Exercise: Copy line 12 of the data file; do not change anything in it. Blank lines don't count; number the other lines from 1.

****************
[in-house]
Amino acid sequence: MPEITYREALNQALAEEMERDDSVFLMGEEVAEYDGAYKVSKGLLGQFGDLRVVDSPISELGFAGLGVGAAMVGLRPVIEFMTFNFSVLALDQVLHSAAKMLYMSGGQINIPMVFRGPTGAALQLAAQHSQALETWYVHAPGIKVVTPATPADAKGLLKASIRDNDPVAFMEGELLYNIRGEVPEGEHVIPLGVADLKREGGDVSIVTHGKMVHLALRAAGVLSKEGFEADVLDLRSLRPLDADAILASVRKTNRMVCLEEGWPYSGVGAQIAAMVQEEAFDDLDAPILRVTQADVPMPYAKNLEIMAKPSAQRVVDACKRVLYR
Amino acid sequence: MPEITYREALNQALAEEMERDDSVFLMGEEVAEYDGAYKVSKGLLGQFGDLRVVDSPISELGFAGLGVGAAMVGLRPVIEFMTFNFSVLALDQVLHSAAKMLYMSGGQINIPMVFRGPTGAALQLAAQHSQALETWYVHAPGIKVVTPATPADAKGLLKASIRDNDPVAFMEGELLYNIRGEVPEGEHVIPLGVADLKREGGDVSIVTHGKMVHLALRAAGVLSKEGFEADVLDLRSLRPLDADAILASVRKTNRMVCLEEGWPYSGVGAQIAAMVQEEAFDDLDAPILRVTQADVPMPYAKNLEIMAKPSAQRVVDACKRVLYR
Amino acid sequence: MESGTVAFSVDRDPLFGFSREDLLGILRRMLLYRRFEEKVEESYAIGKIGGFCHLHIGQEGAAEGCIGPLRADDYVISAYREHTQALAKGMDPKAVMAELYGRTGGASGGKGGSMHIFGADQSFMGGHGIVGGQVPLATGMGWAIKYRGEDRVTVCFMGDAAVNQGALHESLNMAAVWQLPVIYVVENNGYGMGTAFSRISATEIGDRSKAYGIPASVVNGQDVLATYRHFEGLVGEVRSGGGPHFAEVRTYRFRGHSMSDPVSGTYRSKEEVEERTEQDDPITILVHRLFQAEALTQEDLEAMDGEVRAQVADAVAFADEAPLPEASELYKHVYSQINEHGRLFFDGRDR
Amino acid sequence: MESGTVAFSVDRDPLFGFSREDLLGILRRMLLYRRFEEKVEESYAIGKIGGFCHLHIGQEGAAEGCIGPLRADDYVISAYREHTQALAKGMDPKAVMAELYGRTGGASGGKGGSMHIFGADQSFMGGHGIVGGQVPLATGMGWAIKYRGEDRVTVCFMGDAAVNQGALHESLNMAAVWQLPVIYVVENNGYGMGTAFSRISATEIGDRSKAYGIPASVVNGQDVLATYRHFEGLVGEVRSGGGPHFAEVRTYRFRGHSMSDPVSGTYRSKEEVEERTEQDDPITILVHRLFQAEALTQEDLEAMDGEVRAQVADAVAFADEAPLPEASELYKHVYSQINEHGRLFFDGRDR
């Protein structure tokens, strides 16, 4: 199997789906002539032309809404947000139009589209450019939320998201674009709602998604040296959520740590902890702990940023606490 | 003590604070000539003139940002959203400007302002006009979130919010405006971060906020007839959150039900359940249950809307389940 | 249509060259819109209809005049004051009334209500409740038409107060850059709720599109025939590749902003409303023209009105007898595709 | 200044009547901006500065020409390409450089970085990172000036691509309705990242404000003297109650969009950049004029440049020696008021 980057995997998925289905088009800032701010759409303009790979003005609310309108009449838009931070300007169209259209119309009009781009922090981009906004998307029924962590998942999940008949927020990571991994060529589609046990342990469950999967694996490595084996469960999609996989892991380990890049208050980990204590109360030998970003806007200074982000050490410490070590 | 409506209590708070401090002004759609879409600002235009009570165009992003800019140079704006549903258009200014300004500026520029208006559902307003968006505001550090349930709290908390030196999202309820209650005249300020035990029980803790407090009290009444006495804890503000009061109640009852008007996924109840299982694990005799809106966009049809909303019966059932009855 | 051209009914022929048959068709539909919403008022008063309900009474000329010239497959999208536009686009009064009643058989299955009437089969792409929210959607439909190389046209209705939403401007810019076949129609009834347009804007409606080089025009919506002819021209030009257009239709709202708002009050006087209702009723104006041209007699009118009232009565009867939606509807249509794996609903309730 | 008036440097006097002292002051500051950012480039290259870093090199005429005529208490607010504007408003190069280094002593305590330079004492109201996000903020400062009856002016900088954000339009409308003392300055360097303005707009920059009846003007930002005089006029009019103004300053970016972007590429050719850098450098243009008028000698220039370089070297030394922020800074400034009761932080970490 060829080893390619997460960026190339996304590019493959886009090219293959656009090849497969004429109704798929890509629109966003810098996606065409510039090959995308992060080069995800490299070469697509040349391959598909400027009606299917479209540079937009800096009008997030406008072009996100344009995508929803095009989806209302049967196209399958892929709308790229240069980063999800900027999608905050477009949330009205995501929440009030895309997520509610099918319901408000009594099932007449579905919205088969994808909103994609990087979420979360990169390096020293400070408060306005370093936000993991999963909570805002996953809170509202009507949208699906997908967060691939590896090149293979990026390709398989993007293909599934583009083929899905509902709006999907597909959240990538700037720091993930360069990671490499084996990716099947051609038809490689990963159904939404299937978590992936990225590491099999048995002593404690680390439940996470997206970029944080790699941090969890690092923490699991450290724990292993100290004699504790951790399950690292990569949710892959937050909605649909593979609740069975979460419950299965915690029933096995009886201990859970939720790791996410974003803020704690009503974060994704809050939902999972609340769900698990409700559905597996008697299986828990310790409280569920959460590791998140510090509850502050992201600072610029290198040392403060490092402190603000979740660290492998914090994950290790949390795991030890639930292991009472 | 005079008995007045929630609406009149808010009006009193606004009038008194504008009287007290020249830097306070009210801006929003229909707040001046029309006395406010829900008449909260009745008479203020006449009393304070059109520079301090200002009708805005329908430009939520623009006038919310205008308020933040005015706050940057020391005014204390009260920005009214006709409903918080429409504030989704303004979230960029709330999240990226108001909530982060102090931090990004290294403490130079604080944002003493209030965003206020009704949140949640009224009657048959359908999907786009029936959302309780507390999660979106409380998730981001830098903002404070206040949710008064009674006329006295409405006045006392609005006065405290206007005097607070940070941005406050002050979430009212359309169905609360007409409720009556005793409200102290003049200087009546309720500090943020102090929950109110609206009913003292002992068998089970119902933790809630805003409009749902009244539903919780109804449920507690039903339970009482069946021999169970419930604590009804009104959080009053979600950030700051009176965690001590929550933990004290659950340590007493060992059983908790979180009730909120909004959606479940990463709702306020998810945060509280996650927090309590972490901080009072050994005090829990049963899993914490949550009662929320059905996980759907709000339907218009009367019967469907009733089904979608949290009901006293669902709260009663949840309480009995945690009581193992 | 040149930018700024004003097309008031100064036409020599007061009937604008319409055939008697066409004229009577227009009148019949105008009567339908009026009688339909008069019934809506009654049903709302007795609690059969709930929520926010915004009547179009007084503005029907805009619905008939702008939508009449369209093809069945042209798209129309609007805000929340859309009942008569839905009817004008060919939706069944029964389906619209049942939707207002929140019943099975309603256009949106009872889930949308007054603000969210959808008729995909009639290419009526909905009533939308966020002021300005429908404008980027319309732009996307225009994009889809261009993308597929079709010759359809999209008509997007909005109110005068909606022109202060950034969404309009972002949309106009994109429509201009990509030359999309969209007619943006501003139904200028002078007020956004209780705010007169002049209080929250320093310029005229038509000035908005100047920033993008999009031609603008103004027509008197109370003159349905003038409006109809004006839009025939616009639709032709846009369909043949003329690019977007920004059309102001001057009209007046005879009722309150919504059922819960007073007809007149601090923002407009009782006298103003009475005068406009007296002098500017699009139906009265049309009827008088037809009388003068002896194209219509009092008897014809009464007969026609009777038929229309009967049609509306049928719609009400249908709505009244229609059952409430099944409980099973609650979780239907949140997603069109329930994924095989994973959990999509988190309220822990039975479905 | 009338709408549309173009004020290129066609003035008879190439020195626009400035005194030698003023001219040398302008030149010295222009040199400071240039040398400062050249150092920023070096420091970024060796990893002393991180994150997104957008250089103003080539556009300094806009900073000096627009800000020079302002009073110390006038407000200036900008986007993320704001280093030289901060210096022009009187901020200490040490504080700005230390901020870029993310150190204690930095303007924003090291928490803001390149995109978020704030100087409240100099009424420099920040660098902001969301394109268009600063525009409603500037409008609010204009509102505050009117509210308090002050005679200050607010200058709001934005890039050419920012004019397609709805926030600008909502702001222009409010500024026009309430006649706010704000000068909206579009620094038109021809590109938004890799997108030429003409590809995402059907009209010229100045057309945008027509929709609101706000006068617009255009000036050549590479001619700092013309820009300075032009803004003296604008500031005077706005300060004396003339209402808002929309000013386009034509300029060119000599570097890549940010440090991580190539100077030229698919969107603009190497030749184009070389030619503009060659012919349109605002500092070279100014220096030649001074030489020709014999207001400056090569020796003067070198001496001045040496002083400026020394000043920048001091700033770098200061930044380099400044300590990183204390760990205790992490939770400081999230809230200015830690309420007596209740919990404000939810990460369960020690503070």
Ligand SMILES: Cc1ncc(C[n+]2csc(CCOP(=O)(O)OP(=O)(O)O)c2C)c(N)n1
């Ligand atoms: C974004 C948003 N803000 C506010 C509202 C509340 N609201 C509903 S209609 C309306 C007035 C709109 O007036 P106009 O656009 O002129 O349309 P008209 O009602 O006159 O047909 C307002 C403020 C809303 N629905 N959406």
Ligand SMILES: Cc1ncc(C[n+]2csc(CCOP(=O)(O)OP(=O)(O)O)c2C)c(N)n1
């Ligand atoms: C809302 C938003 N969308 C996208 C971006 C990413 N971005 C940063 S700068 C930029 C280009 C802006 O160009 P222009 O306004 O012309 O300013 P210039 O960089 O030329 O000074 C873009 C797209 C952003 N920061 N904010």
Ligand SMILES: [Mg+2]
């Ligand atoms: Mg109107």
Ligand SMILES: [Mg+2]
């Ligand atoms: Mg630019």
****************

């Ligand atoms: Mg109107």